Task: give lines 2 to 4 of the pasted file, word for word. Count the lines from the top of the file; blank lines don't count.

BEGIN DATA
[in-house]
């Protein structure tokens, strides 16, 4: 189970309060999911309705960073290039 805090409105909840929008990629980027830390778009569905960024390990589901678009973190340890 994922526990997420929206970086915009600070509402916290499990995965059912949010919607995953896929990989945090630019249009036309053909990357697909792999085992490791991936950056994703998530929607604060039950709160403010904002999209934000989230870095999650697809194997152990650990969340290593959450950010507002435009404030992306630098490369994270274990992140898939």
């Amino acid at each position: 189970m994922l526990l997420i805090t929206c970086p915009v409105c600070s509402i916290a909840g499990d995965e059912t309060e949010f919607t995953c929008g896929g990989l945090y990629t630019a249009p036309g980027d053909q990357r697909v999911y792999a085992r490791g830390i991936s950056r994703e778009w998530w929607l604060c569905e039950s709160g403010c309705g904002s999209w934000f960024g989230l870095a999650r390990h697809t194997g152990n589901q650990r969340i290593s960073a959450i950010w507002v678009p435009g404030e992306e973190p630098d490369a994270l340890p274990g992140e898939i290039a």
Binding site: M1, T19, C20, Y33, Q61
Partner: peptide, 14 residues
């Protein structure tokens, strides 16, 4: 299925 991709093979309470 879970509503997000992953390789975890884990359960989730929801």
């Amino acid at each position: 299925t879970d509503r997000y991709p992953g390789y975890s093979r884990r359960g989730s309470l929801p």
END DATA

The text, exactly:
């Protein structure tokens, strides 16, 4: 189970309060999911309705960073290039 805090409105909840929008990629980027830390778009569905960024390990589901678009973190340890 994922526990997420929206970086915009600070509402916290499990995965059912949010919607995953896929990989945090630019249009036309053909990357697909792999085992490791991936950056994703998530929607604060039950709160403010904002999209934000989230870095999650697809194997152990650990969340290593959450950010507002435009404030992306630098490369994270274990992140898939």
């Amino acid at each position: 189970m994922l526990l997420i805090t929206c970086p915009v409105c600070s509402i916290a909840g499990d995965e059912t309060e949010f919607t995953c929008g896929g990989l945090y990629t630019a249009p036309g980027d053909q990357r697909v999911y792999a085992r490791g830390i991936s950056r994703e778009w998530w929607l604060c569905e039950s709160g403010c309705g904002s999209w934000f960024g989230l870095a999650r390990h697809t194997g152990n589901q650990r969340i290593s960073a959450i950010w507002v678009p435009g404030e992306e973190p630098d490369a994270l340890p274990g992140e898939i290039a």
Binding site: M1, T19, C20, Y33, Q61